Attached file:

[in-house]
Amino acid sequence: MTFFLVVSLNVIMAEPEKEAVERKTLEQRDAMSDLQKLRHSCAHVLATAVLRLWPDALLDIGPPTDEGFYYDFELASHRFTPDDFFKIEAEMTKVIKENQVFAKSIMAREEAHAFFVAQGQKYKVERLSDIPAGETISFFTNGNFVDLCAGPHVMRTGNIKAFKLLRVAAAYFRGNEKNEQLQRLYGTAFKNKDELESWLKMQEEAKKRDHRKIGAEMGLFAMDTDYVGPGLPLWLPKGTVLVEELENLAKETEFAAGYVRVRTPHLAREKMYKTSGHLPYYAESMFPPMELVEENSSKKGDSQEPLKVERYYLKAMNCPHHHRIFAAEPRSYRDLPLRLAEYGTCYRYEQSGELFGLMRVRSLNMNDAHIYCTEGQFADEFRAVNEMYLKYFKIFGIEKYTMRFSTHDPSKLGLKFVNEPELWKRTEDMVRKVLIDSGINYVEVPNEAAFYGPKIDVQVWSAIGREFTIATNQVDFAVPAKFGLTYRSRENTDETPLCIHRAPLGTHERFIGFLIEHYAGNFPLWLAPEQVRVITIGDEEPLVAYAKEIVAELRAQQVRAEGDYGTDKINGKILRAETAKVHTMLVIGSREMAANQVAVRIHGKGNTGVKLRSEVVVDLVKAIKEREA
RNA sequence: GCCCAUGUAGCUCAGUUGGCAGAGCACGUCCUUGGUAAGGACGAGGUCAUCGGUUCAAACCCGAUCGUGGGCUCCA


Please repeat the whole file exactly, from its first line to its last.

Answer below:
[in-house]
Amino acid sequence: MTFFLVVSLNVIMAEPEKEAVERKTLEQRDAMSDLQKLRHSCAHVLATAVLRLWPDALLDIGPPTDEGFYYDFELASHRFTPDDFFKIEAEMTKVIKENQVFAKSIMAREEAHAFFVAQGQKYKVERLSDIPAGETISFFTNGNFVDLCAGPHVMRTGNIKAFKLLRVAAAYFRGNEKNEQLQRLYGTAFKNKDELESWLKMQEEAKKRDHRKIGAEMGLFAMDTDYVGPGLPLWLPKGTVLVEELENLAKETEFAAGYVRVRTPHLAREKMYKTSGHLPYYAESMFPPMELVEENSSKKGDSQEPLKVERYYLKAMNCPHHHRIFAAEPRSYRDLPLRLAEYGTCYRYEQSGELFGLMRVRSLNMNDAHIYCTEGQFADEFRAVNEMYLKYFKIFGIEKYTMRFSTHDPSKLGLKFVNEPELWKRTEDMVRKVLIDSGINYVEVPNEAAFYGPKIDVQVWSAIGREFTIATNQVDFAVPAKFGLTYRSRENTDETPLCIHRAPLGTHERFIGFLIEHYAGNFPLWLAPEQVRVITIGDEEPLVAYAKEIVAELRAQQVRAEGDYGTDKINGKILRAETAKVHTMLVIGSREMAANQVAVRIHGKGNTGVKLRSEVVVDLVKAIKEREA
RNA sequence: GCCCAUGUAGCUCAGUUGGCAGAGCACGUCCUUGGUAAGGACGAGGUCAUCGGUUCAAACCCGAUCGUGGGCUCCA